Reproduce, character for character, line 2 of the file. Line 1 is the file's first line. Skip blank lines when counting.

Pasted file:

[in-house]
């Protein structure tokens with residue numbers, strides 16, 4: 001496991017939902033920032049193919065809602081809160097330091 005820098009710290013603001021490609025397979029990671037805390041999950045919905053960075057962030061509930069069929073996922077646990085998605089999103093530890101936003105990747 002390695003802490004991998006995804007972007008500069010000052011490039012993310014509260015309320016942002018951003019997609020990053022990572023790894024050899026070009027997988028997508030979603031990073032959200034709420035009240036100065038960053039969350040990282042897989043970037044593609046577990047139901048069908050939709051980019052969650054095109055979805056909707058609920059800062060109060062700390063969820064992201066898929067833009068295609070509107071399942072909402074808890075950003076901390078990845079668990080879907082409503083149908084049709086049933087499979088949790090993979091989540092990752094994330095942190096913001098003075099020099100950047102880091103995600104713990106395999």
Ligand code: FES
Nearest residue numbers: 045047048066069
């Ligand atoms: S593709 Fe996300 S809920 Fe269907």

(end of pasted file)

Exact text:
């Protein structure tokens with residue numbers, strides 16, 4: 001496991017939902033920032049193919065809602081809160097330091 005820098009710290013603001021490609025397979029990671037805390041999950045919905053960075057962030061509930069069929073996922077646990085998605089999103093530890101936003105990747 002390695003802490004991998006995804007972007008500069010000052011490039012993310014509260015309320016942002018951003019997609020990053022990572023790894024050899026070009027997988028997508030979603031990073032959200034709420035009240036100065038960053039969350040990282042897989043970037044593609046577990047139901048069908050939709051980019052969650054095109055979805056909707058609920059800062060109060062700390063969820064992201066898929067833009068295609070509107071399942072909402074808890075950003076901390078990845079668990080879907082409503083149908084049709086049933087499979088949790090993979091989540092990752094994330095942190096913001098003075099020099100950047102880091103995600104713990106395999």